Forbes also detailed an ongoing legal dispute between Bedrosian, Lannett’s CEO, and the IRS, which is seeking more than $1 million in penalties and interest. In court documents filed by the IRS, the agency claims Bedrosian failed to properly report his holdings in a Swiss bank account.
Bedrosian is in Cody this week for a civil trial in District Court stemming from a lawsuit filed against him, Cody Labs and Lannett by Cody Labs founder Ric Asherman. Lannett acquired Cody Labs as a wholly owned subsidiary in 2007.
Bedrosian, 70, became president of Lannett in 2002 and was named CEO in 2006. During a break in court proceedings Monday, Bedrosian declined to answer questions, citing the ongoing trial. He referred questions to a company spokesman.
Lannett’s spokesman did not respond to a request for comment. The company has defended its pricing strategies, and said an internal review found it to be in compliance with all laws. The company continues to cooperate with investigators.
Bedrosian denies wrongdoing in legal filings related to the IRS case. He said in a statement to Forbes that the IRS actions against him were “unlawful in that I had relied on the advice of a professional accountant in determining how to report certain income and that I had relied upon the advice of an IRS revenue agent in determining how to proceed regarding the IRS’s inquiry.”
He also told Forbes that several factors affect Lannett’s drug prices, which “are managed by Lannett’s sales and production departments, not by me.”
Because Bedrosian’s IRS dispute is unrelated to Lannett or Cody Labs, it was not listed in connection with litigation disclosures as part of the Cody Labs loan application. But a federal database of civil court filings includes the IRS matter. Those documents would have been available to the Wyoming Business Council if the state agency had conducted a search during its four-day review, which included an assessment of the “character and capacity” of the applicant’s management team.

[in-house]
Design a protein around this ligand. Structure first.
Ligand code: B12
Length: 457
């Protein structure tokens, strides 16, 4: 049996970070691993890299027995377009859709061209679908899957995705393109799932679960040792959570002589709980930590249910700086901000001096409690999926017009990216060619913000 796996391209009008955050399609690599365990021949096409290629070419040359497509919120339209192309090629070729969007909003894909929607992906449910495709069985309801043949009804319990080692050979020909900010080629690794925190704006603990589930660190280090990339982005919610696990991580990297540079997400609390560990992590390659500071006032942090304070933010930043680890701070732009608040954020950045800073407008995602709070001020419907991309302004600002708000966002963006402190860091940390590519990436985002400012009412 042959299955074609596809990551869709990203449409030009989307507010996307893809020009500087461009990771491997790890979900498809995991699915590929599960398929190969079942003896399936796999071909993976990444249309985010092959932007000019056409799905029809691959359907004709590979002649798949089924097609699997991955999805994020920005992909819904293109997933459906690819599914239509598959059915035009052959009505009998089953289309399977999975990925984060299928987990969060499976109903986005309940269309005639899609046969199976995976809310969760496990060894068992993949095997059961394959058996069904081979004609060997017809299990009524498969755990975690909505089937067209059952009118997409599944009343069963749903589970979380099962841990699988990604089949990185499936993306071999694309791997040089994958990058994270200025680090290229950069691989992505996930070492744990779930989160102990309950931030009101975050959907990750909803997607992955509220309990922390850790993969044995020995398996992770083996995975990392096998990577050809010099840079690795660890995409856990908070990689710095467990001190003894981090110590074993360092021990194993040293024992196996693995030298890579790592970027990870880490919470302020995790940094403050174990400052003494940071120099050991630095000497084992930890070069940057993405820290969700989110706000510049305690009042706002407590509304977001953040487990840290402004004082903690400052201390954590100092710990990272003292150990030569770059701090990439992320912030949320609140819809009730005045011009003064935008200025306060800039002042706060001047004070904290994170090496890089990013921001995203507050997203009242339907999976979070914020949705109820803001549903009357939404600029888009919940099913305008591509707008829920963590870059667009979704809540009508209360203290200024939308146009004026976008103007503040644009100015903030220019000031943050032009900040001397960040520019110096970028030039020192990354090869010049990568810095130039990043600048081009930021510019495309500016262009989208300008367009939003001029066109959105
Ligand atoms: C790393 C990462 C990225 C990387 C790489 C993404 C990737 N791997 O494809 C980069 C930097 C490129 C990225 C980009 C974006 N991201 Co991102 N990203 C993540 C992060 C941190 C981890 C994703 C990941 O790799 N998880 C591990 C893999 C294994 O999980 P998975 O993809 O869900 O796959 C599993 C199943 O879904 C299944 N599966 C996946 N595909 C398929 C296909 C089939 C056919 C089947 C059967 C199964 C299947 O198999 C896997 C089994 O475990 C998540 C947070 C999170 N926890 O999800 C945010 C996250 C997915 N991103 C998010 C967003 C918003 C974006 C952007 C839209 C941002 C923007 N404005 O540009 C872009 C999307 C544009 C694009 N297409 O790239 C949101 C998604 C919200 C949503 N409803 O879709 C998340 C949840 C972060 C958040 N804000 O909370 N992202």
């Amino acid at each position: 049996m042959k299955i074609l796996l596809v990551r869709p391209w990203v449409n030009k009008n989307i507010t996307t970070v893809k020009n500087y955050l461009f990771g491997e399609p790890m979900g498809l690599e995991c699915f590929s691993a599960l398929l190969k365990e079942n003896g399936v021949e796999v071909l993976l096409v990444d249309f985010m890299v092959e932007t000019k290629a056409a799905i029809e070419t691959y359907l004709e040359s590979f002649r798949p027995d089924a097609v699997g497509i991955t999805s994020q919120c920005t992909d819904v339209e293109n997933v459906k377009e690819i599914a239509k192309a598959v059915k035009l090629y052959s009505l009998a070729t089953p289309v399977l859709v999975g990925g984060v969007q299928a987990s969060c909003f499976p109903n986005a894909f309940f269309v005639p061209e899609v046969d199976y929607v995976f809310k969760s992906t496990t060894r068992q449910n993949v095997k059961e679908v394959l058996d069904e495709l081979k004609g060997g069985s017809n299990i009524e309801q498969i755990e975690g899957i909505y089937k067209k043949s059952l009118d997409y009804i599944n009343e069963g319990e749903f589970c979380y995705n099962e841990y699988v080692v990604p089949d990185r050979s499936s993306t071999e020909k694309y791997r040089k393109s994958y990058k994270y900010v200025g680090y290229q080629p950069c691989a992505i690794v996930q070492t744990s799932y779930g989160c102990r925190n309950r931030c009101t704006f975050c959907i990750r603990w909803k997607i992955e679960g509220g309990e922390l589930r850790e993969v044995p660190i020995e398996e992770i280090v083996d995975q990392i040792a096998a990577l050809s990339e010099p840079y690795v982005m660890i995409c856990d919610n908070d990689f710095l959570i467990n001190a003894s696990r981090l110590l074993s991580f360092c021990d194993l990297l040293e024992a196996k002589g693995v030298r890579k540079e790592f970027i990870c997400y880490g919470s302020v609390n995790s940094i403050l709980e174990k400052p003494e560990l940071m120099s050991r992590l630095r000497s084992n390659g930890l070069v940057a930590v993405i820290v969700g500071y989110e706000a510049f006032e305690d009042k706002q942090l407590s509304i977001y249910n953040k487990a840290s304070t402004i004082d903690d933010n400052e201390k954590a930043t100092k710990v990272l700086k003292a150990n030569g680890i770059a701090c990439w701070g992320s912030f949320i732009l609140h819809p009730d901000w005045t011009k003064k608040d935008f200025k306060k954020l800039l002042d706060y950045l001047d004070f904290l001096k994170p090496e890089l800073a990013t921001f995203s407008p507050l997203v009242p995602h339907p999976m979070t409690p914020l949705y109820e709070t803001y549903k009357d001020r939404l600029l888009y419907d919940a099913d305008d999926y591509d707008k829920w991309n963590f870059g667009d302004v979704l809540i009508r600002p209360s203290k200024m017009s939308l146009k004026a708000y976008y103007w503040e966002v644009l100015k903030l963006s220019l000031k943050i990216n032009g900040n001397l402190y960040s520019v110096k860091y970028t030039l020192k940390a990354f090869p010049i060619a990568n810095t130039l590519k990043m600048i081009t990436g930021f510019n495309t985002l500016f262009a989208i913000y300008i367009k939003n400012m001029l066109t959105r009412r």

In December 2015, Bedrosian spoke with with Maria Bartiromo on a Fox Business segment about Lannett. Her last question focused on Martin Shkreli, the widely reviled former hedge fund manager who bought a drug company and immediately imposed a 5,000 percent price increase for a drug used by AIDS patients.
“Well, kind of ashamed of him as an industry because he doesn’t represent the other 10,000 companies that don’t do things like that, and it’s unfortunate that we’ve been painted by that brush,” Bedrosian said of Shkreli. “It’s sad.”
Just a few months later, Lannett started sharply raising prices on fluphenazine.
Most state government programs rely on public and legislative support for continued success and ongoing funding. And many voters in fiscally conservative Wyoming view some economic development efforts as “corporate welfare” or “picking winners and losers in the marketplace.” Which raises the question of whether giving public assistance to a company like Lannett is likely to erode public trust in a newly created loan program.
Gordon said that may be an issue for the Legislature to address. But he has the authority to attach certain conditions to any of the three newly approved loans, including requiring personal guarantees, limiting a borrower’s ability to take on additional debt or limiting dividends paid to shareholders.
Such terms, might matter little to a small, closely held private company. But they could prove to be unacceptable to a large, fast-growing public company like Lannett.
Gordon said he couldn’t comment on any pending legal matters facing any loan applicant.
“But if we’re not satisfied or feel like it’s an undue risk, it won’t move forward. I’ve done it before, and it’s never fun,” he said. “But I have to make the best decision I can for the state.”
Gordon said he was scheduled this week to visit the activated carbon plant in Gillette, and that he would continue working to review and facilitate all three loans in advance of a scheduled Dec. 30 deadline for reaching final terms. After that, if Mead approves, the loans should fund within six months.
Contact Ruffin Prevost at 307-213-9818 or [email protected]